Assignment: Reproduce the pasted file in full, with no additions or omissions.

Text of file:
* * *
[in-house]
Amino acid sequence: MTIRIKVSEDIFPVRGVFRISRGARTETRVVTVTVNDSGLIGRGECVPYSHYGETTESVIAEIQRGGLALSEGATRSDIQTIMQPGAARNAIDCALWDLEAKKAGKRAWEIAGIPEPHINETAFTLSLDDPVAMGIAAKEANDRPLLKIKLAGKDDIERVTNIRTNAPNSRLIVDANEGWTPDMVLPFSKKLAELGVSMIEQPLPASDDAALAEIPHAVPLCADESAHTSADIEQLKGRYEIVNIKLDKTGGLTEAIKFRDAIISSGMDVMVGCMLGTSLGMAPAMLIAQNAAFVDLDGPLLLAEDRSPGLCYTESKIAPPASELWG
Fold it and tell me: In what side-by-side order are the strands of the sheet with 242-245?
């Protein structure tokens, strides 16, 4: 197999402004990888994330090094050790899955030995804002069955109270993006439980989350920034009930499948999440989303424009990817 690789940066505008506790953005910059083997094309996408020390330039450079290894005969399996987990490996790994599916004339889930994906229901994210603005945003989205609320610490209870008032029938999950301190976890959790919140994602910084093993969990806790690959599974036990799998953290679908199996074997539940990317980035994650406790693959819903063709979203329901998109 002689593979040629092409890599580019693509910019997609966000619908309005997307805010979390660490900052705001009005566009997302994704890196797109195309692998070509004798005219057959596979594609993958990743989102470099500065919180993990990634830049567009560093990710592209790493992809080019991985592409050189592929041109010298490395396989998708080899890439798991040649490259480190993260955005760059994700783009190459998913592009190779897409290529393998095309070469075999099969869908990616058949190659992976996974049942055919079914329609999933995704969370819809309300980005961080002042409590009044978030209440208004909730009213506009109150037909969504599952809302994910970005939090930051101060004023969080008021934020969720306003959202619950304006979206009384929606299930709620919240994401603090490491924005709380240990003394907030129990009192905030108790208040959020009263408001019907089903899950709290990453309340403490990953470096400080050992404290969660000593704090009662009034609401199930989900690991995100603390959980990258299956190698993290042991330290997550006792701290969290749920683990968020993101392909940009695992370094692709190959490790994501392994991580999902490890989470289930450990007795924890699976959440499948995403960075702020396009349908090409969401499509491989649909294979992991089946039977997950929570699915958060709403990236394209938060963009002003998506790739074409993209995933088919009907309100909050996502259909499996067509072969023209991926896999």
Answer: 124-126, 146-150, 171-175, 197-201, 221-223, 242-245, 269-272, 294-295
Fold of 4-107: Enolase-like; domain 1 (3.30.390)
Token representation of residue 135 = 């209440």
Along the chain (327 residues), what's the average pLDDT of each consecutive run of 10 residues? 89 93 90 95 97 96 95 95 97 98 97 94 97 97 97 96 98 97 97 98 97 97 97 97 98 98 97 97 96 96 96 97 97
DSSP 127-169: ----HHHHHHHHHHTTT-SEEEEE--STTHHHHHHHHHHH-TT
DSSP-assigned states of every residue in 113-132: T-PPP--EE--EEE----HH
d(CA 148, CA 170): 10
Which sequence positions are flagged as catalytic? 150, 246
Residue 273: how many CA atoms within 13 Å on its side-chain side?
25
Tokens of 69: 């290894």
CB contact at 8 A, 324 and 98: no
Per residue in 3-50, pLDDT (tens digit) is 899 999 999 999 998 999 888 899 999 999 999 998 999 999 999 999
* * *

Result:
[in-house]
Amino acid sequence: MTIRIKVSEDIFPVRGVFRISRGARTETRVVTVTVNDSGLIGRGECVPYSHYGETTESVIAEIQRGGLALSEGATRSDIQTIMQPGAARNAIDCALWDLEAKKAGKRAWEIAGIPEPHINETAFTLSLDDPVAMGIAAKEANDRPLLKIKLAGKDDIERVTNIRTNAPNSRLIVDANEGWTPDMVLPFSKKLAELGVSMIEQPLPASDDAALAEIPHAVPLCADESAHTSADIEQLKGRYEIVNIKLDKTGGLTEAIKFRDAIISSGMDVMVGCMLGTSLGMAPAMLIAQNAAFVDLDGPLLLAEDRSPGLCYTESKIAPPASELWG
Fold it and tell me: In what side-by-side order are the strands of the sheet with 242-245?
């Protein structure tokens, strides 16, 4: 197999402004990888994330090094050790899955030995804002069955109270993006439980989350920034009930499948999440989303424009990817 690789940066505008506790953005910059083997094309996408020390330039450079290894005969399996987990490996790994599916004339889930994906229901994210603005945003989205609320610490209870008032029938999950301190976890959790919140994602910084093993969990806790690959599974036990799998953290679908199996074997539940990317980035994650406790693959819903063709979203329901998109 002689593979040629092409890599580019693509910019997609966000619908309005997307805010979390660490900052705001009005566009997302994704890196797109195309692998070509004798005219057959596979594609993958990743989102470099500065919180993990990634830049567009560093990710592209790493992809080019991985592409050189592929041109010298490395396989998708080899890439798991040649490259480190993260955005760059994700783009190459998913592009190779897409290529393998095309070469075999099969869908990616058949190659992976996974049942055919079914329609999933995704969370819809309300980005961080002042409590009044978030209440208004909730009213506009109150037909969504599952809302994910970005939090930051101060004023969080008021934020969720306003959202619950304006979206009384929606299930709620919240994401603090490491924005709380240990003394907030129990009192905030108790208040959020009263408001019907089903899950709290990453309340403490990953470096400080050992404290969660000593704090009662009034609401199930989900690991995100603390959980990258299956190698993290042991330290997550006792701290969290749920683990968020993101392909940009695992370094692709190959490790994501392994991580999902490890989470289930450990007795924890699976959440499948995403960075702020396009349908090409969401499509491989649909294979992991089946039977997950929570699915958060709403990236394209938060963009002003998506790739074409993209995933088919009907309100909050996502259909499996067509072969023209991926896999």
Answer: 124-126, 146-150, 171-175, 197-201, 221-223, 242-245, 269-272, 294-295
Fold of 4-107: Enolase-like; domain 1 (3.30.390)
Token representation of residue 135 = 């209440």
Along the chain (327 residues), what's the average pLDDT of each consecutive run of 10 residues? 89 93 90 95 97 96 95 95 97 98 97 94 97 97 97 96 98 97 97 98 97 97 97 97 98 98 97 97 96 96 96 97 97
DSSP 127-169: ----HHHHHHHHHHTTT-SEEEEE--STTHHHHHHHHHHH-TT
DSSP-assigned states of every residue in 113-132: T-PPP--EE--EEE----HH
d(CA 148, CA 170): 10
Which sequence positions are flagged as catalytic? 150, 246
Residue 273: how many CA atoms within 13 Å on its side-chain side?
25
Tokens of 69: 């290894």
CB contact at 8 A, 324 and 98: no
Per residue in 3-50, pLDDT (tens digit) is 899 999 999 999 998 999 888 899 999 999 999 998 999 999 999 999